CIOs and the circular economy: ‘Ultimately, businesses will need to go this way’

How technology and digital chiefs can help build a supply chain without waste

In 10 years, the circular economy will be the only economy, replacing wasteful linear economies, predicts Gartner.

According to Gartner, circular economic business models encourage continuous reuse of materials to minimise waste and the demand for additional natural resource consumption.

“The circular economy creates an ecosystem of materials,” notes Sarah Watt, senior director analyst at Gartner. “What was previously viewed as waste now has value. However those ecosystems are complex, and include many interdependencies and feedback loops.”

sarah watt gartner Sarah Watt

Watt says the latest Gartner Future of Supply Chain Survey shows that 35 per cent of companies believe digital technology will be a key enabler for circular economy strategies. Only 12 per cent of organisations, however, have linked their circular economy and digital technology strategies.

“This data tells us that supply chain leaders see the potential in linking their digital and circular economy strategies, but only a few have acted,” she says.

Gartner research finds organisations are looking at four technologies to enable circular economy activities: advanced analytics, 3D printing, internet of things (IoT), and machine learning.

Watt cites the case of Hewlett Packard Enterprise (HPE), which started moving towards the circular economy in the 1980s with its Design for Environment Programme. The latter focused on recyclability and efficiency, including giving customers options to repair, upgrade or refurbish HPE products.

For instance HPE provides money back to customers when assets are upcycled. She says advanced analytics allows HPE to decide on a product’s fate, refurbishment or recycling. Technology renewal centres take back equipment from any manufacturer, including desktops, printers, laptops and servers. 

gartner on circular economy Gartner

She notes that HPE continues to look to develop technologies that will enable supply chain circular economy strategies. These include edge computing, AI, machine learning and IoT. The first three will enable faster processing, decision-making and automation. IoT is being tapped for product design, predictive maintenance, refurbishment and decision-making.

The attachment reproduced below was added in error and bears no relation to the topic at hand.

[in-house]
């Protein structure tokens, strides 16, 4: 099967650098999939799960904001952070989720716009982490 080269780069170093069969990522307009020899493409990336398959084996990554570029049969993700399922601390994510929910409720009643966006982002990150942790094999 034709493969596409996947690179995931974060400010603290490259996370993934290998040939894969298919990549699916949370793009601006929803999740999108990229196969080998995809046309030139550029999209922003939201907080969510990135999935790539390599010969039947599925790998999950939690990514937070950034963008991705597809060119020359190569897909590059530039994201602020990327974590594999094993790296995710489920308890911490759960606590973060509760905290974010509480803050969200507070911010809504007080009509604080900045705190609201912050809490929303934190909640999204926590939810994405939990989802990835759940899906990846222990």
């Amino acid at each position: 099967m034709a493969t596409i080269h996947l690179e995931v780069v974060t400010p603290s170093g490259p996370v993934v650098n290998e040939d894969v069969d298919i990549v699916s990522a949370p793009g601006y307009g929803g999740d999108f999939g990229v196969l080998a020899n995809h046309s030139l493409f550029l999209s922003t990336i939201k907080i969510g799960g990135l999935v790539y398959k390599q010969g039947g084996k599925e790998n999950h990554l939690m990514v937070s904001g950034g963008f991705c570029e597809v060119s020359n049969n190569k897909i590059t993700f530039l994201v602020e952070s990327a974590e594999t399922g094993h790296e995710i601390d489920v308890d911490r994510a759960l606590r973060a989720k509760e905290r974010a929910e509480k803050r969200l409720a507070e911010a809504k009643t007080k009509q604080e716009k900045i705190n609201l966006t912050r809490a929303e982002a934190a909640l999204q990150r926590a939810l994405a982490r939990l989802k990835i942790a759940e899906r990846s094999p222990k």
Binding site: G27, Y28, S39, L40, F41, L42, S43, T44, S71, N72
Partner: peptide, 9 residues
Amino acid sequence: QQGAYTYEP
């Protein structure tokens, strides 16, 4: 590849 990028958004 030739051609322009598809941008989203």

The circular economy involves entire ecosystems

Andrew Goodin, head of New Zealand Growth at Fresh Supply Co believes discussions on the circular economy will grow as organisations tackle COVID-19 challenges.

“Certainly, the biggest focus will be on provenance, sustainability. Can I trust my food sources? Are they being managed in an appropriate way?”

andrew goodin of fresh supply Andrew Goodin

He says CIOs can play important roles in circular economy initiatives.

“CIOs are in a unique position of having a view across the value chain and can provide lots of insights with the executive team on circular economy initiatives,” he states. “They see what is happening and they can scan the environment and bring the information and share them with their colleagues in supply chain, marketing, sales, and innovation.”

He notes how research by Euromonitor finds one million plastic bottles are sold every minute and the number of bottles sold yearly will increase to 583.3 billion in 2021.

The same research points out less than half of all plastic bottles were collected for recycling in 2016, and only 7 per cent of these were recycled into PET bottles. The majority went to landfills or dumped into the environment.

“We have got to do something about that. Ultimately, businesses will need to go this way,” states Goodin. “Sustainability is not just the environment. It is getting into that circular economy, and it involves entire ecosystems.”

“Having a business that can care for people and provide for families and support the people, who depend on it by reusing and regenerating elements, is pretty important. It is a whole life scenario.”

“The challenge for business is finding balance between supporting circular economy ideals and how they will change existing businesses to do the right things versus the cost of change.”

Goodin also points out that the key for organisations is to start piloting circular economy projects and see which works. “You then create or adapt a model that works for your business.”

Inside a circular economy ‘proof of concept project’

He says lessons learned from the pilots they have conducted is that people think sustainability concepts, or doing good for the planet, are important.

He cites a pilot he was involved in last year, where Fresh Supply worked with three other organisations to test the concept of encouraging consumers in Singapore to reduce, reuse, and recycle coffee cups.